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Employment Laws in the United Kingdom: A Guide for US Companies

The United Kingdom is a natural destination for US employers interested in expanding internationally, especially if you're looking for tech workers. Learn about UK employment laws to consider before hiring there.

Exterior of Jubilee Market Hall, Covent Garden, London

Caitlin MacDougall

Published on March 30, 2022

If you're looking to hire talent internationally, the United Kingdom would be a natural place to start. For one, there is no language barrier, with 58.1 million UK citizens whose primary language is English. While wholesale and retail workers currently comprise most of the UK's private sector, the tech industry has long been a major industry, too. The tech industry has actually allowed the UK economy to grow an average of 7% per year since 2016. Even more impressive is the start-up economy, which is currently valued at $585 billion.Before you hire in the UK, however, you will want to familiarize yourself with UK employment law. So what does employment law cover? In this article, we will provide guidelines on UK workers' rights, as well as employers' rights.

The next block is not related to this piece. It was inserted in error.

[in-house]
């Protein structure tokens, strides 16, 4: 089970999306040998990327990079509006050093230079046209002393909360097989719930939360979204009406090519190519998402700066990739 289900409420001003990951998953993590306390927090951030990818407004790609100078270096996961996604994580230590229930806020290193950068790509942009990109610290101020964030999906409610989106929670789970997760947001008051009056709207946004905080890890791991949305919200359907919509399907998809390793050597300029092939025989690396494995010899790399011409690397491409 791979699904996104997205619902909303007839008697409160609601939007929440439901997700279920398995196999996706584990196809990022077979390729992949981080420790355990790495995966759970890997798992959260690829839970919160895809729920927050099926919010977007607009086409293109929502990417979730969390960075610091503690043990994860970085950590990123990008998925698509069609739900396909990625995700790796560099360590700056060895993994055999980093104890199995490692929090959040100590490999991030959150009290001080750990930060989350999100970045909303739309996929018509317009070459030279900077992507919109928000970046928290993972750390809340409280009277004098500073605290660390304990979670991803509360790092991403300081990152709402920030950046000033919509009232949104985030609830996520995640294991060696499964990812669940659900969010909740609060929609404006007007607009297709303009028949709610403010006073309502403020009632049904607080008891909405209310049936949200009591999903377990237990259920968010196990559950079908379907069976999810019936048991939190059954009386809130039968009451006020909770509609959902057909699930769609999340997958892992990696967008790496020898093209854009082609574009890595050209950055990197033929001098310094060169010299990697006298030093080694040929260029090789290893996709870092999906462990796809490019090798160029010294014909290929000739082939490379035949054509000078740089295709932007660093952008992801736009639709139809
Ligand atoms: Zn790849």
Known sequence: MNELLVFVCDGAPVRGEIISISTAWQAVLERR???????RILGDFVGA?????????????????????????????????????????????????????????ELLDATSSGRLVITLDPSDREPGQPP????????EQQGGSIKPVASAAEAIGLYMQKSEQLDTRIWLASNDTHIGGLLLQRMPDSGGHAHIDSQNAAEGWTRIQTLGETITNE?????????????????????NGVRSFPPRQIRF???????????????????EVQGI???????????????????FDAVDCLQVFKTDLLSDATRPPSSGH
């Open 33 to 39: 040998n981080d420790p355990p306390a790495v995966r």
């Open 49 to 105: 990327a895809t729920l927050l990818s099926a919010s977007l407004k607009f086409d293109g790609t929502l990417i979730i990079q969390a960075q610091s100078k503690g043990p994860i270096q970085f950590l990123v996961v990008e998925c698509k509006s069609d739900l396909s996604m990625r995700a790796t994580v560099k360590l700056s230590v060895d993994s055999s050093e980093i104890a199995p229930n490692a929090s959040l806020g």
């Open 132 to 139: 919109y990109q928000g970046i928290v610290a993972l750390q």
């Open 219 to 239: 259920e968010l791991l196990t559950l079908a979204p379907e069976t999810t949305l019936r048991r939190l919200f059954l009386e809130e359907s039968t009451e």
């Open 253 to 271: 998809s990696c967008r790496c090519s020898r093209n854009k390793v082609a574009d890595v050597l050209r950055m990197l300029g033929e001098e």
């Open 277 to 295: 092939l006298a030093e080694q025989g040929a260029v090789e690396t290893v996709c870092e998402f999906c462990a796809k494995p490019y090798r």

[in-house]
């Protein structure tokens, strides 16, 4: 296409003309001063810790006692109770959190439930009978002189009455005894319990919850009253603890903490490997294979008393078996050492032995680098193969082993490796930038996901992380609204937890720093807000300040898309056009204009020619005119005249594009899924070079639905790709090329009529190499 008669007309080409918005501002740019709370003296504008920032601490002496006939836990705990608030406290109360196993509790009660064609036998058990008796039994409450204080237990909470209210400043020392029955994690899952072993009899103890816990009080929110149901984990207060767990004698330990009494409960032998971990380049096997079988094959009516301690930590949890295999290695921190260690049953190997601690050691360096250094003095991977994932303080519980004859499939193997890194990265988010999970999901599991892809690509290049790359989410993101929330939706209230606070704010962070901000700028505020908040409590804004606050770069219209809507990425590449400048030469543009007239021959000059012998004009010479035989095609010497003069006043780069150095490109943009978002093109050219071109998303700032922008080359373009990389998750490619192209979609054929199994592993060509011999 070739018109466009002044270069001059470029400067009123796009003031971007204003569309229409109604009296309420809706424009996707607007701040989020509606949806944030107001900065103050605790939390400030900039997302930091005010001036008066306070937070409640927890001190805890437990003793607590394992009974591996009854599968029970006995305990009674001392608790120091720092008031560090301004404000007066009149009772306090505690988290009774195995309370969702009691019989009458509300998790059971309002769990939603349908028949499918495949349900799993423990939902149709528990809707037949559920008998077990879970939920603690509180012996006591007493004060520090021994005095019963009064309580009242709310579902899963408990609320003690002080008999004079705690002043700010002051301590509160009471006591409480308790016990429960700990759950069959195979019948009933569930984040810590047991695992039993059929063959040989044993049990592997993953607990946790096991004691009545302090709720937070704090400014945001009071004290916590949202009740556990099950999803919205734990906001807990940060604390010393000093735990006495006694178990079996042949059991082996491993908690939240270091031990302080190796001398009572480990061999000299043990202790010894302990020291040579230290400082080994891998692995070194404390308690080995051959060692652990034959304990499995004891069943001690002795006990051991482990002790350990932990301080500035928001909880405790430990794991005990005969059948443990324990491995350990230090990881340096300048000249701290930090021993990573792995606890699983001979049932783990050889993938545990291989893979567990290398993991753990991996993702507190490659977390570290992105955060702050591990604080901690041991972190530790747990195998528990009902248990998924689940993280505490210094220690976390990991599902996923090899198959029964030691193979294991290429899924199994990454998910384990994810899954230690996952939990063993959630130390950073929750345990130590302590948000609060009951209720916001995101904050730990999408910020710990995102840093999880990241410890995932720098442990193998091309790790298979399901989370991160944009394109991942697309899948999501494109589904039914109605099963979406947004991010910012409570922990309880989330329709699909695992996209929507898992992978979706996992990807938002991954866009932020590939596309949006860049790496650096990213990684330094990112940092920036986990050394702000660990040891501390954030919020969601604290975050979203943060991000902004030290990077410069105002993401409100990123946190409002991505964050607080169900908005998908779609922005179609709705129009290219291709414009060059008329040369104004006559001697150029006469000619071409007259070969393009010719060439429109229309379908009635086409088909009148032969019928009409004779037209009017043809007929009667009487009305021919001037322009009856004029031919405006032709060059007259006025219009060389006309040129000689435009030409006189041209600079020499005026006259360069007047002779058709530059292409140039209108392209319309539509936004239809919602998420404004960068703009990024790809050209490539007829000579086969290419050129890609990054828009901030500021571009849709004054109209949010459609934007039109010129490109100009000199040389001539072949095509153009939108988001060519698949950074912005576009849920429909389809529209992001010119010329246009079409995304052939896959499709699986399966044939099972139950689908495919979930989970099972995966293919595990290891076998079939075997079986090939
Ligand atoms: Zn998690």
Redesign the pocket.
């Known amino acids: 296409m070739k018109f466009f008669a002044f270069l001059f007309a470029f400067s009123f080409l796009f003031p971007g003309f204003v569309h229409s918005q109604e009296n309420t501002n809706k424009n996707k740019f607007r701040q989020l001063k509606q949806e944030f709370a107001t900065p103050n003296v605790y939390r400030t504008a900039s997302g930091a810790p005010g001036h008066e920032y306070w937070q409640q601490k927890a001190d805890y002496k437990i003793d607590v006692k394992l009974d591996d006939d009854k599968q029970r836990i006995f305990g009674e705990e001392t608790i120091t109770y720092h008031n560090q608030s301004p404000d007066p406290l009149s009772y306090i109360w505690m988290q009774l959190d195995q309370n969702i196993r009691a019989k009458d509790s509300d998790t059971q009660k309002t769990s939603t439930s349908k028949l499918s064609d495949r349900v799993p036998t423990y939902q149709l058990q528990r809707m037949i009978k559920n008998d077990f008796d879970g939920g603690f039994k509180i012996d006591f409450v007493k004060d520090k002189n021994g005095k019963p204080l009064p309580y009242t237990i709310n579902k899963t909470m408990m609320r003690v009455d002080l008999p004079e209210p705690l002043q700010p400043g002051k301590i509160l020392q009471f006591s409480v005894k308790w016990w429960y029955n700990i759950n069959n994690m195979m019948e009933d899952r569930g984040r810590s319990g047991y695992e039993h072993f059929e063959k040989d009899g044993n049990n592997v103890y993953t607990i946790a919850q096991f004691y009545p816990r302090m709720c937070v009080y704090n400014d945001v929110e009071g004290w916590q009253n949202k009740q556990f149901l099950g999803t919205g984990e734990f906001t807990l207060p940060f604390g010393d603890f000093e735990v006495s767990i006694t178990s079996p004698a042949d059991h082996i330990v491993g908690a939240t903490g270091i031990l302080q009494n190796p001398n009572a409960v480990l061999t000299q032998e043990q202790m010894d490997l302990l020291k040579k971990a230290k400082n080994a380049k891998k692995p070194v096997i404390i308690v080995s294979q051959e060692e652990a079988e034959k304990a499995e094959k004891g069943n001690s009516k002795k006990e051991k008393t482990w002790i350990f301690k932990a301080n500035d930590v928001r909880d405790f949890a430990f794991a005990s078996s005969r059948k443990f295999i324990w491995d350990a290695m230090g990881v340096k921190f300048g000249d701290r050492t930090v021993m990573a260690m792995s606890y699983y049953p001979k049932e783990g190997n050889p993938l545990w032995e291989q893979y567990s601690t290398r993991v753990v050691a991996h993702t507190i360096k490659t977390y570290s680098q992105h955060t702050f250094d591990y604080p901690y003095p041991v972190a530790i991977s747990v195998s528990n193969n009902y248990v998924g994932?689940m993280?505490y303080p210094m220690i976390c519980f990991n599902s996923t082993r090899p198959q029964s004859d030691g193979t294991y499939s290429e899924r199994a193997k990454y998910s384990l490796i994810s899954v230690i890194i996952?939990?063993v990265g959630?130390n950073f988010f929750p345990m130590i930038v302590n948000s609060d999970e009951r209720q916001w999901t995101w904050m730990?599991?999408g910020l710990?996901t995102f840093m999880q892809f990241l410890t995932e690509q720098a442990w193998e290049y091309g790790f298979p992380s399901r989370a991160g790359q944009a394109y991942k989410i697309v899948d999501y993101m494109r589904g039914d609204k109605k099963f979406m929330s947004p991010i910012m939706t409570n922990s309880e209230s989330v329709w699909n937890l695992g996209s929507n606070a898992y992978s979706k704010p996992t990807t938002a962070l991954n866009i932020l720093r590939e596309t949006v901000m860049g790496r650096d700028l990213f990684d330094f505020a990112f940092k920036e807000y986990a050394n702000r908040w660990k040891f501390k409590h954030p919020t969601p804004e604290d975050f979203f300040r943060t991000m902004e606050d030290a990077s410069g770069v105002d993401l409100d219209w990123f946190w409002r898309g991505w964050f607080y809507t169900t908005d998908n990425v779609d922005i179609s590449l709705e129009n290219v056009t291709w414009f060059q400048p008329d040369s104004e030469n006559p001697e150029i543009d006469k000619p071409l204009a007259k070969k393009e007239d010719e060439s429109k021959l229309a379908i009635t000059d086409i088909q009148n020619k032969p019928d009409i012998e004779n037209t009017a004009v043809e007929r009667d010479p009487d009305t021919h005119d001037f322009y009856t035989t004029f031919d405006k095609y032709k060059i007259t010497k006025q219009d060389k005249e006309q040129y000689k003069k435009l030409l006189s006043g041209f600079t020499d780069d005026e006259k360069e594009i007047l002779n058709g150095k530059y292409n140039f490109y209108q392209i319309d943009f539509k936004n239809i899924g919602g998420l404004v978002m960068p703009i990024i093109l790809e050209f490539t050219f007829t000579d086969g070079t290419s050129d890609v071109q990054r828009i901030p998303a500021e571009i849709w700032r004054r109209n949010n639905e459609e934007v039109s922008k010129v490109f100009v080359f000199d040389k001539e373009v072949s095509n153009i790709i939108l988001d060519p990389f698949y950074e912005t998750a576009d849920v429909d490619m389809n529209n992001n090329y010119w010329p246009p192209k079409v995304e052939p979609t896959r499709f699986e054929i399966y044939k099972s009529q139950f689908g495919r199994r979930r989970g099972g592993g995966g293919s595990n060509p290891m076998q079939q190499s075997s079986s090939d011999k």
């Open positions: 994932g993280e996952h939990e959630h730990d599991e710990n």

Employment contracts in the UK 📑

While employees rarely receive a written employment contract, employers must provide a written statement of their terms of their employment if requested. The written statement will often include a job title and description, date employment began, the salary or wage rate, working hours, leave entitlements, pension, procedures for termination, as well as disciplinary and appeal terms.There may be instances where a UK employer will hire an employee on a casual or temporary basis. Zero-hours contracts, for instance, is an employment relationship wherein the employer doesn't guarantee any number of hours per week, and the worker is not obligated to work when hours are offered.

Independent contractors